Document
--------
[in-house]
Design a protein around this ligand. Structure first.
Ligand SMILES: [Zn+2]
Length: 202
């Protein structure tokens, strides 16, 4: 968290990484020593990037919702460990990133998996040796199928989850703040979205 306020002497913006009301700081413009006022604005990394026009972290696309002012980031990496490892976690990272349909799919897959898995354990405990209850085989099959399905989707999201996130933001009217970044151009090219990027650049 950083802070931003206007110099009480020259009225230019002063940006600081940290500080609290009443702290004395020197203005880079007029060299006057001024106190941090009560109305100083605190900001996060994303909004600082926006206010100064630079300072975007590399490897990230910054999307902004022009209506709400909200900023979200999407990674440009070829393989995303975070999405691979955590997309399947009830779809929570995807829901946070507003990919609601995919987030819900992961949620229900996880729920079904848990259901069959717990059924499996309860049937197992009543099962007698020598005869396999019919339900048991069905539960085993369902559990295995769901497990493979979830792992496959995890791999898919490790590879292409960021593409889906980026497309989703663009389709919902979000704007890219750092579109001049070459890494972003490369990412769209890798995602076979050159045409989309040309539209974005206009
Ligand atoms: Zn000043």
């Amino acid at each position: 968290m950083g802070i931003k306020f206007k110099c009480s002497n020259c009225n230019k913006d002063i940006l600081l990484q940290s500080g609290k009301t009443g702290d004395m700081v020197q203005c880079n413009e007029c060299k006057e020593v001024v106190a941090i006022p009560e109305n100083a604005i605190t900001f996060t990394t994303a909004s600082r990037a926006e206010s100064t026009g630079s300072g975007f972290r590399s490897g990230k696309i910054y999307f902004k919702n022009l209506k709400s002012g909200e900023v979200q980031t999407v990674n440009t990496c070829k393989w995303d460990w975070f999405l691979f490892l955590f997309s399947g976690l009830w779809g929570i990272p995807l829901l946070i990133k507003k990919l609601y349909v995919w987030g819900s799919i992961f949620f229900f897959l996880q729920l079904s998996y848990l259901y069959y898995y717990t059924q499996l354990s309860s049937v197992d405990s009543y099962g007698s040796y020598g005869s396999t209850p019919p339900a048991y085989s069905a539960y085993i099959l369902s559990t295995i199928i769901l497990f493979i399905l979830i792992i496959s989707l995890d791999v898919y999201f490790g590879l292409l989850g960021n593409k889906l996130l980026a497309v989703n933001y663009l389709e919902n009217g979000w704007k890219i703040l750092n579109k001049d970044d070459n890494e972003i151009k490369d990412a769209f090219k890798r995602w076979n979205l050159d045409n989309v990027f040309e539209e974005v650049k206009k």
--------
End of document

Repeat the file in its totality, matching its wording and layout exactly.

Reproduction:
[in-house]
Design a protein around this ligand. Structure first.
Ligand SMILES: [Zn+2]
Length: 202
């Protein structure tokens, strides 16, 4: 968290990484020593990037919702460990990133998996040796199928989850703040979205 306020002497913006009301700081413009006022604005990394026009972290696309002012980031990496490892976690990272349909799919897959898995354990405990209850085989099959399905989707999201996130933001009217970044151009090219990027650049 950083802070931003206007110099009480020259009225230019002063940006600081940290500080609290009443702290004395020197203005880079007029060299006057001024106190941090009560109305100083605190900001996060994303909004600082926006206010100064630079300072975007590399490897990230910054999307902004022009209506709400909200900023979200999407990674440009070829393989995303975070999405691979955590997309399947009830779809929570995807829901946070507003990919609601995919987030819900992961949620229900996880729920079904848990259901069959717990059924499996309860049937197992009543099962007698020598005869396999019919339900048991069905539960085993369902559990295995769901497990493979979830792992496959995890791999898919490790590879292409960021593409889906980026497309989703663009389709919902979000704007890219750092579109001049070459890494972003490369990412769209890798995602076979050159045409989309040309539209974005206009
Ligand atoms: Zn000043």
């Amino acid at each position: 968290m950083g802070i931003k306020f206007k110099c009480s002497n020259c009225n230019k913006d002063i940006l600081l990484q940290s500080g609290k009301t009443g702290d004395m700081v020197q203005c880079n413009e007029c060299k006057e020593v001024v106190a941090i006022p009560e109305n100083a604005i605190t900001f996060t990394t994303a909004s600082r990037a926006e206010s100064t026009g630079s300072g975007f972290r590399s490897g990230k696309i910054y999307f902004k919702n022009l209506k709400s002012g909200e900023v979200q980031t999407v990674n440009t990496c070829k393989w995303d460990w975070f999405l691979f490892l955590f997309s399947g976690l009830w779809g929570i990272p995807l829901l946070i990133k507003k990919l609601y349909v995919w987030g819900s799919i992961f949620f229900f897959l996880q729920l079904s998996y848990l259901y069959y898995y717990t059924q499996l354990s309860s049937v197992d405990s009543y099962g007698s040796y020598g005869s396999t209850p019919p339900a048991y085989s069905a539960y085993i099959l369902s559990t295995i199928i769901l497990f493979i399905l979830i792992i496959s989707l995890d791999v898919y999201f490790g590879l292409l989850g960021n593409k889906l996130l980026a497309v989703n933001y663009l389709e919902n009217g979000w704007k890219i703040l750092n579109k001049d970044d070459n890494e972003i151009k490369d990412a769209f090219k890798r995602w076979n979205l050159d045409n989309v990027f040309e539209e974005v650049k206009k």